President Donald Trump wants a trade agreement with China but it must be “the right deal,” White House economic advisor Larry Kudlow said Tuesday. Kudlow’s remarks came as markets attempted a recovery from Monday’s deep sell-off, prompted by a sudden escalation in the US-China trade since last week.
“The president was not happy with the progress” of talks in Beijing earlier this month, Kudlow told CNBC. “The president is defending the American economy” against “a lot of unfair trading practices.”
Trump on Thursday announced new tariffs on another USD 300 billion in Chinese imports and on Monday responded to a drop in value of the yuan by formally branding Beijing a currency manipulator. Beijing on Monday also said it was cutting off imports of US agricultural goods.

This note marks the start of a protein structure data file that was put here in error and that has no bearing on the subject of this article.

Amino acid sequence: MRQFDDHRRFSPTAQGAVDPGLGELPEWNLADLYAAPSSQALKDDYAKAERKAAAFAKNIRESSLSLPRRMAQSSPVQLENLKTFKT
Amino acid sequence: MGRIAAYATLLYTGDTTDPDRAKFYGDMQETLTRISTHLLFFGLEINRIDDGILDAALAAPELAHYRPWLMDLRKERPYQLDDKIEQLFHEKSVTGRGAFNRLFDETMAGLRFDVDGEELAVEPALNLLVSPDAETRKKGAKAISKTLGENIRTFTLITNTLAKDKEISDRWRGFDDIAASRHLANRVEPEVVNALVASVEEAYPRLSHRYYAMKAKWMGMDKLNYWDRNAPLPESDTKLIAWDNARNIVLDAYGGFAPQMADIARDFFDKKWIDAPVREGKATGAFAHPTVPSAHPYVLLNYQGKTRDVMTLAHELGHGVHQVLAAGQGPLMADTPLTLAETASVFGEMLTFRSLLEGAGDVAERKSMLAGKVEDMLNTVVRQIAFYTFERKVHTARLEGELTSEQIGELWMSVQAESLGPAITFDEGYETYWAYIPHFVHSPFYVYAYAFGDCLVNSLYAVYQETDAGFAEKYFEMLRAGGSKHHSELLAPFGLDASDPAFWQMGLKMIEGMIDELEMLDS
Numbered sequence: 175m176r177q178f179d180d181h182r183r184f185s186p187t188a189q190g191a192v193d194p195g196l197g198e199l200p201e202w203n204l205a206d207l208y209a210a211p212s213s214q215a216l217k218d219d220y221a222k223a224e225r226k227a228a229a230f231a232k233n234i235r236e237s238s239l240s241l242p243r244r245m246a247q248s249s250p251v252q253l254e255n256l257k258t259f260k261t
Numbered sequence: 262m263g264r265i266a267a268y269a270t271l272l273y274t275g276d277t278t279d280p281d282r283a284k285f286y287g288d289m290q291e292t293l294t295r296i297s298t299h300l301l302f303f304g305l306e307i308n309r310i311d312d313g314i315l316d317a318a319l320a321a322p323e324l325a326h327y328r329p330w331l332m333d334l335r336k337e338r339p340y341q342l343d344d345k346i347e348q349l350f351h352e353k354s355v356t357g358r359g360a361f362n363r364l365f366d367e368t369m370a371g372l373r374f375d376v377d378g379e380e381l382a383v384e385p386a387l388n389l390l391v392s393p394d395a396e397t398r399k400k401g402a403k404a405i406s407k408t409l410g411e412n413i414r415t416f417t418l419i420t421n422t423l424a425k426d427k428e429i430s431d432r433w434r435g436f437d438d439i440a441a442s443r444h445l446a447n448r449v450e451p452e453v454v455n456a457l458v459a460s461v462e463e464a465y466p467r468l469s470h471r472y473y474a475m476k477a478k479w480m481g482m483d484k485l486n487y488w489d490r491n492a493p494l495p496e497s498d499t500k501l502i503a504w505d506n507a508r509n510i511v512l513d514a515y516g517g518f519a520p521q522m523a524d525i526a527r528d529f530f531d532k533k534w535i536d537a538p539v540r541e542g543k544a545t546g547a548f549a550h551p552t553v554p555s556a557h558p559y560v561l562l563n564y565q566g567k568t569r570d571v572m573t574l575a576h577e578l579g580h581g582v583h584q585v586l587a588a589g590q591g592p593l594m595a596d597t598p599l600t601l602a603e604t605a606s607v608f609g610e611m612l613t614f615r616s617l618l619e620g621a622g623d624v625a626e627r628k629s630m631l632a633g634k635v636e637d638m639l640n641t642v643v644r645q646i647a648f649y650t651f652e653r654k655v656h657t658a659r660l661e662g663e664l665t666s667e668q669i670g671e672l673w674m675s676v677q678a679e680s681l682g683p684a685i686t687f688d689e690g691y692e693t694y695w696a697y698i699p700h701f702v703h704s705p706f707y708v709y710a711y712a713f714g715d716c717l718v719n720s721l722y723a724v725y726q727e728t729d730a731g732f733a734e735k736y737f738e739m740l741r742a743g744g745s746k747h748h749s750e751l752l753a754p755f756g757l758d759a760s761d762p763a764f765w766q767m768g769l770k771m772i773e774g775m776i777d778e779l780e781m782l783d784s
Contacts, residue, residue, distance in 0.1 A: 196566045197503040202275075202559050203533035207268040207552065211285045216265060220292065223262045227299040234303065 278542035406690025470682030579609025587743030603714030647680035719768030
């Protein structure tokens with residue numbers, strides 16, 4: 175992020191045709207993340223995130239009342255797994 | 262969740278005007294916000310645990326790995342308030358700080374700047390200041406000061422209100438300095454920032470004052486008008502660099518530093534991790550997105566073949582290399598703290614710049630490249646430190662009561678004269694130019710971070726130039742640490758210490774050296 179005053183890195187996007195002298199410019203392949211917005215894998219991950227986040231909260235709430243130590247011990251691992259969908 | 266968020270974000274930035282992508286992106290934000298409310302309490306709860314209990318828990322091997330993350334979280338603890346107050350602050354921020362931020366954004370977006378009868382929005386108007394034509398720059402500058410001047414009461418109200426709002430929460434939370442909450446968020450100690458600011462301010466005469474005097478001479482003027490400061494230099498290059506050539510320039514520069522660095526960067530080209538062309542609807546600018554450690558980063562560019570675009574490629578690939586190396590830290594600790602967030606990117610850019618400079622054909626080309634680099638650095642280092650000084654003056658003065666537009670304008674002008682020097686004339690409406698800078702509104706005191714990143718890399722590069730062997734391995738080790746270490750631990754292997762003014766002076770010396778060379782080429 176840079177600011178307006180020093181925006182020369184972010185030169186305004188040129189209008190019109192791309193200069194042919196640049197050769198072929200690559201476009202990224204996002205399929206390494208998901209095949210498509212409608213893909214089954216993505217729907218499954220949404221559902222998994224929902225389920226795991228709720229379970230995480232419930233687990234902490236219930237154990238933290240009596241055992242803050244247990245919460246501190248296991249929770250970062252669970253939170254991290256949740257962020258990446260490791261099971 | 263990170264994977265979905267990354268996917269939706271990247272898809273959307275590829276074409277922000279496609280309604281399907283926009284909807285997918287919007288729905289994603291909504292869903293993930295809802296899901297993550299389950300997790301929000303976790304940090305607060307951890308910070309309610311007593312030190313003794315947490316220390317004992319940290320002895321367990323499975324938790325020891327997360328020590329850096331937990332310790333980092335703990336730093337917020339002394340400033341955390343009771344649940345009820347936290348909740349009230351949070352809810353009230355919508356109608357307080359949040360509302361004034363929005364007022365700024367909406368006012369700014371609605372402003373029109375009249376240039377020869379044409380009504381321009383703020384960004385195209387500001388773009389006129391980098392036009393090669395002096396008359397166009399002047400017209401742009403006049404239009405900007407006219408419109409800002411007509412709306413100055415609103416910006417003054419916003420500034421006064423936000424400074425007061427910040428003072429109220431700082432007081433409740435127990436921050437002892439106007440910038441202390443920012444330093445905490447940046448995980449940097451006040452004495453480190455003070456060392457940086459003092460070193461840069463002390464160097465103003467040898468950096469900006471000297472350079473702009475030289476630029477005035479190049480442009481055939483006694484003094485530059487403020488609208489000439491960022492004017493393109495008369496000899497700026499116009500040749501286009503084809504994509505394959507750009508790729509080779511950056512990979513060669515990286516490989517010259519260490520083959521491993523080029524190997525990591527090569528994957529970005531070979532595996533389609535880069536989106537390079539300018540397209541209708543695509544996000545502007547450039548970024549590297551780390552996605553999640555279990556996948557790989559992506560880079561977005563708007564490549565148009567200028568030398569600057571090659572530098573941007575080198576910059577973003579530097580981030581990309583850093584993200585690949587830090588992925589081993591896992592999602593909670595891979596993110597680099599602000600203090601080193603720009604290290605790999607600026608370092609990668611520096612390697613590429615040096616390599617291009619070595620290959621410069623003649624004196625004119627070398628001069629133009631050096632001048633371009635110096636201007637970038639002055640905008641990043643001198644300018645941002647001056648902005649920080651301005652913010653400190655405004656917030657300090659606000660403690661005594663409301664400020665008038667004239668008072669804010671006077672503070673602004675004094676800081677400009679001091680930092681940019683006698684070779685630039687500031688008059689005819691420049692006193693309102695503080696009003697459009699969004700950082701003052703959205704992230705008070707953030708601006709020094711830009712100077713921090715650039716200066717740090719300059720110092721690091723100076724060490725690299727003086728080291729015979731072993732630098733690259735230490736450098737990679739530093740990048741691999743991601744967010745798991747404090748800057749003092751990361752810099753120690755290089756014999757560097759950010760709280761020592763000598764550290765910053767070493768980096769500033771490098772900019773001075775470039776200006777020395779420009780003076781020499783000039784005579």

Kudlow said Trump “would like to continue negotiations, he would like to make a deal, it has to be the right deal for the United States.” After face-to-face meetings in Shanghai last week, US and Chinese officials are due to meet in Washington next month.
However, the deepening acrimony has convinced investors the chances of a near-term resolution to the battle are increasingly slim—adding to worries the trade fight is exacerbating a global economic slowdown.
Since last year, the United States and China have exchanged punitive tariffs on more than USD 360 billion in two-way merchandise trade.
Should they take effect, the punitive import duties Trump announced last week would mean all goods trade between the world’s top two economies is subject to tariffs in the year-long trade war.